Delhi H.C : the petitioner-assessee seeks quashing of the assessment order (annexure “P4”) dt. 28th Feb., 1975, passed by the ITO, PSC VII, in respect of the asst. yr. 1972-73

High Court Of Delhi

Bal Kishan Kapoor vs. Income Tax Officer

Section 23(1)

Asst. Year 1972-73

Anil Dev Singh, J.

CWP No. 561 of 1975

24th January, 1996

Counsel Appeared

Vijay Kishan with Vikram Jaitley, for the Petitioner : Rajindra with Ms. Prem Lata Bansal, for the Respondent

ANIL DEV SINGH J.:

By this writ petition, the petitioner-assessee seeks quashing of the assessment order (annexure “P4”) dt. 28th Feb., 1975, passed by the ITO, PSC VII, in respect of the asst. yr. 1972-73 and notice of demand under s. 156 of the IT Act, 1961 (annexure “P-5”) of the same date issued pursuant thereto by the same authority asking the petitioner to pay the assessed amount of tax as per annexure “P-4”.

The petitioner claims to be the owner of the ground floor of the property No. 36, Faiz Bazar, Delhi. The construction of the building is said to have started in the year 1947-48 and was completed in or around 1949-50. It appears that on 22nd Nov., 1951, the Rent Controller at the instance of the tenants fixed the standard rent of different portions of the house property standing on plot No. 35-36, Faiz Bazar, Darya Ganj, Delhi, under s. 7 of the Delhi-Ajmer Merwara Rent Control Act, 1947. The petitioner claims that the standard rent for his portion of the property came to be Rs. 1,331 per month as reflected in the return annexure `P-1’filed by him for the asst. yr. 1972-73. It is not disputed that the actual rent of the property which the petitioner received from the tenants was Rs. 24,089 per month. However, the petitioner claimed that house property was liable to tax on its annual value based on standard rent. Therefore, the petitioner claimed that a sum of Rs. 22,758 (Rs. 24,089 (actual rent) – Rs. 1,331 (standard rent)) was not taxable. It appears that the ITO by the impugned order, annexure “P-4”, did not agree with the contention of the petitioner and calculated the annual value of the property on the basis of the actual rent received by the petitioner for the house property. The petitioner has impugned the assessment order, annexure “P-4” as well as notice of demand annexure “P-5” issued under s. 156 of the IT Act, 1961.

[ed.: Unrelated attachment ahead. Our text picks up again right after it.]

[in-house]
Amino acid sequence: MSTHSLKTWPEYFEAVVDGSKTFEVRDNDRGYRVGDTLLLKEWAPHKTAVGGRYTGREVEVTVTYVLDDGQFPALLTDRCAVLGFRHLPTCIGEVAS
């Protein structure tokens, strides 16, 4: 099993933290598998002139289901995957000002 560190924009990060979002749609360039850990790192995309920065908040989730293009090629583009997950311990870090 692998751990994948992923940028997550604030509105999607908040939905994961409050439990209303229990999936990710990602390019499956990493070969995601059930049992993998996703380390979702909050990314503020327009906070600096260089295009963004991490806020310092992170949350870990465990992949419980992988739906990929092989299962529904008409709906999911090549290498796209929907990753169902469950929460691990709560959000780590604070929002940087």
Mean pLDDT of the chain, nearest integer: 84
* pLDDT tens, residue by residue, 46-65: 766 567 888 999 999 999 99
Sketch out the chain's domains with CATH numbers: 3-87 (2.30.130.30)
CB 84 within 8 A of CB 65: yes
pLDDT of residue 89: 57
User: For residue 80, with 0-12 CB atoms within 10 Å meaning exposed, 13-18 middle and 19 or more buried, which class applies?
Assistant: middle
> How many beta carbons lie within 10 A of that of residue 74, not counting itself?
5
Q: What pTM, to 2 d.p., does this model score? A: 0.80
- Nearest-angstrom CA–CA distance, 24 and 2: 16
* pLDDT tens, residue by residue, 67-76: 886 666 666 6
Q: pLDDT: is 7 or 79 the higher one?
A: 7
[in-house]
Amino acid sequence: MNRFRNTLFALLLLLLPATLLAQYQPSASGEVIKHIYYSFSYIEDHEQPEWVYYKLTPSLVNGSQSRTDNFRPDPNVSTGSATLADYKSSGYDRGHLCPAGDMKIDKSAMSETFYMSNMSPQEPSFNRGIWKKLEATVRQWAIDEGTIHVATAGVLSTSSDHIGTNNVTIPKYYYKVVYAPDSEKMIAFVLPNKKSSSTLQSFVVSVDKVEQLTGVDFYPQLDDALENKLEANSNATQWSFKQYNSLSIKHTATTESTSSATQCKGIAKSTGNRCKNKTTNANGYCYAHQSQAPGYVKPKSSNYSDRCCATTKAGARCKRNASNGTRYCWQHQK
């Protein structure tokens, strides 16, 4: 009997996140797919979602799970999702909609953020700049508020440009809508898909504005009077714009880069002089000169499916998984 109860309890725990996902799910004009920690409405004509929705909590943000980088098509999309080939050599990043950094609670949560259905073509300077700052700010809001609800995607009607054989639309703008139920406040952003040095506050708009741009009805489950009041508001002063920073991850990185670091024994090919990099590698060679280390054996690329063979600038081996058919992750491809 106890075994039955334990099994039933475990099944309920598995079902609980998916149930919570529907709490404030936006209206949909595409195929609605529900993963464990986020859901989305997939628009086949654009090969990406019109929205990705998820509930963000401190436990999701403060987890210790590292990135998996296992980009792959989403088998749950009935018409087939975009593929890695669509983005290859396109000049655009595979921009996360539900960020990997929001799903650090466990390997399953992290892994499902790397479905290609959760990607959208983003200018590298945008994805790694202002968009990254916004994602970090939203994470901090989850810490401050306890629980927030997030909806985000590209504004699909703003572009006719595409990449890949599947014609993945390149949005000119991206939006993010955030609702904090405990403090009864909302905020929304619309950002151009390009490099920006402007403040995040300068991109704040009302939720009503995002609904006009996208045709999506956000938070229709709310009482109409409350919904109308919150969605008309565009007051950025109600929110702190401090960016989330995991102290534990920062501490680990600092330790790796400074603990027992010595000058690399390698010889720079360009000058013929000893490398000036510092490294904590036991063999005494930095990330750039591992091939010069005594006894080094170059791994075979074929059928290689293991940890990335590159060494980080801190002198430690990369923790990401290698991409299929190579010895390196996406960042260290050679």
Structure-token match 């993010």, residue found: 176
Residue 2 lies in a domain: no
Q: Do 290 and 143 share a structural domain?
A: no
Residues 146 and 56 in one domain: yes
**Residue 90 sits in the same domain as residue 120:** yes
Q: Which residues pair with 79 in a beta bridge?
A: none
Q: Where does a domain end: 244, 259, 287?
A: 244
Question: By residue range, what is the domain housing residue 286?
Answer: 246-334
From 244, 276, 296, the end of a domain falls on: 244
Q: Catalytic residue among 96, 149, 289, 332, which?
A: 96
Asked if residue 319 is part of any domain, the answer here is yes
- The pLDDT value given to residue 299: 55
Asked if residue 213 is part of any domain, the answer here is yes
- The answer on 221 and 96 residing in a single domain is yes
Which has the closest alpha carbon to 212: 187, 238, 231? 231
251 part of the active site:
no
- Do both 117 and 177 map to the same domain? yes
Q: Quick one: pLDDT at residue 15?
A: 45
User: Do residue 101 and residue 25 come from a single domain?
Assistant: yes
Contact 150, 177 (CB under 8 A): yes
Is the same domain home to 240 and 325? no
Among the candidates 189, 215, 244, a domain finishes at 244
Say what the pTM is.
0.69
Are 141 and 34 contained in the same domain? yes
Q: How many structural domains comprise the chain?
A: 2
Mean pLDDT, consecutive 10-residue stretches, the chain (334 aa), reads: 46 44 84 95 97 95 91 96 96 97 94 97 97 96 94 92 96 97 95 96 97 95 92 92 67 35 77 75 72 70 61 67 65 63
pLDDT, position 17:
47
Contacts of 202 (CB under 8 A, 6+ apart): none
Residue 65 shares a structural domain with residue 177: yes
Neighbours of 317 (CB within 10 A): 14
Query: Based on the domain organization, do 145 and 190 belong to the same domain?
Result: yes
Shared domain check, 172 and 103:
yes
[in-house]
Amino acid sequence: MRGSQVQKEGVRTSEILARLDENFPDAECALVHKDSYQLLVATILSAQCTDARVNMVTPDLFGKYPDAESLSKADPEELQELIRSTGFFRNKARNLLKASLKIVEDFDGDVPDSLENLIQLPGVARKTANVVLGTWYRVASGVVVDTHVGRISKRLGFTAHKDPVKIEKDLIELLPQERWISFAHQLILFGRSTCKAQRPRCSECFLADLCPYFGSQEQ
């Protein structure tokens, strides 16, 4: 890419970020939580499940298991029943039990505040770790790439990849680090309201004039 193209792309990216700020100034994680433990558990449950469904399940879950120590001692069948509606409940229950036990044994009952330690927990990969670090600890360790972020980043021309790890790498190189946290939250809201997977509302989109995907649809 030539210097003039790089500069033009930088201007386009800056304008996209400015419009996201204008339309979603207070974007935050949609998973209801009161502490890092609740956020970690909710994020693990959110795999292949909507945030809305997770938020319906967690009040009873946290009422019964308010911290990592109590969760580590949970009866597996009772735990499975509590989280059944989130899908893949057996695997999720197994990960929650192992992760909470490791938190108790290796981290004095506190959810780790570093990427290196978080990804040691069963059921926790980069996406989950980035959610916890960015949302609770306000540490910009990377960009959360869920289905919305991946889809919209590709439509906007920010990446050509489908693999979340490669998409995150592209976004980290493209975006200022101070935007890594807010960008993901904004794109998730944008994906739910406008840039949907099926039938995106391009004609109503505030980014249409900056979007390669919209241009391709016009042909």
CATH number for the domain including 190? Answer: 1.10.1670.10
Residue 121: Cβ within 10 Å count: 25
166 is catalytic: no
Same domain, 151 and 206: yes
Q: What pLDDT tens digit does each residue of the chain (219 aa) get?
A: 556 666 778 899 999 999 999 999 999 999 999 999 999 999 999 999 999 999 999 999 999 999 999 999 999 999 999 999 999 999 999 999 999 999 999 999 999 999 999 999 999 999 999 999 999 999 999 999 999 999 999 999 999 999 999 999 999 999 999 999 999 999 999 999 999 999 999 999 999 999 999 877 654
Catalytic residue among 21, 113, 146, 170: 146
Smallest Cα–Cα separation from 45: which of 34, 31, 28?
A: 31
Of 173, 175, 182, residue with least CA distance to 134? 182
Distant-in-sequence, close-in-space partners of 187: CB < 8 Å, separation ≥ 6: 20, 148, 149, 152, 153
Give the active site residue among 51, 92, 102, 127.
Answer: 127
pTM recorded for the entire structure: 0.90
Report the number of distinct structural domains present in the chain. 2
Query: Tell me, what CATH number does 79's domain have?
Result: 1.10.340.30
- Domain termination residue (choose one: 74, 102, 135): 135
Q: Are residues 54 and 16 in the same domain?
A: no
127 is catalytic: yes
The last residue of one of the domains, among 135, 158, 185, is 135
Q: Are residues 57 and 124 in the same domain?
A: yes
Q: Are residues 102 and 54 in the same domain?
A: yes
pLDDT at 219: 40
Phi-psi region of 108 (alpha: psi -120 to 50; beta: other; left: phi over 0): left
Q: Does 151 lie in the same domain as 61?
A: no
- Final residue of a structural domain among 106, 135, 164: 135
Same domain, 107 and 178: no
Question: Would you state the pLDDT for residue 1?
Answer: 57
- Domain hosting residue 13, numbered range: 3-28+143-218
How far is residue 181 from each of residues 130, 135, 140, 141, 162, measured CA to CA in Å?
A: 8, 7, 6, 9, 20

Learned counsel appearing for the petitioner submitted that the annual value of the house property has to be taken to be the sum for which the property might reasonably be expected to be let from year to year and the computation has not to be made on the basis of actual rent received by the petitioner.

It is a common ground that income from house property chargeable to tax is computable under s. 22 of the IT Act, 1961, which provided that the annual value of property consisting of any buildings or lands appurtenant thereto of which the assessee is the owner, shall be chargeable to income-tax under the head “Income from house property” The mode of determination of annual value as given under sub-s. (1) of s. 23, as it existed at the material time, is as follows : “For the purposes of s. 22, the annual value of any property shall be deemed to be the sum for which the property might reasonably be expected to let from year to year : Provided that where the property is in the occupation of a tenant, the taxes levied by any local authority in respect of the property shall, to the extent such taxes are borne by the owner, be deducted in determining the annual value of the property : Provided further that in the case of a building comprising one or more residential units the erection of which is begun and completed after the 1st day of April, 1961, the annual value as determined under this sub-section shall, for a period of three years from the date of completion of the building, be reduced by a sum equal to the aggregate of— (i) in respect of any residential unit whose annual value as so determined, does not exceed six hundred rupees, by the amount of such annual value; (ii) in respect of any residential unit whose annual value as so determined exceeds six hundred rupees, by an amount of six hundred rupees ; so, however, that the income in respect of any residential unit is in no case a loss.”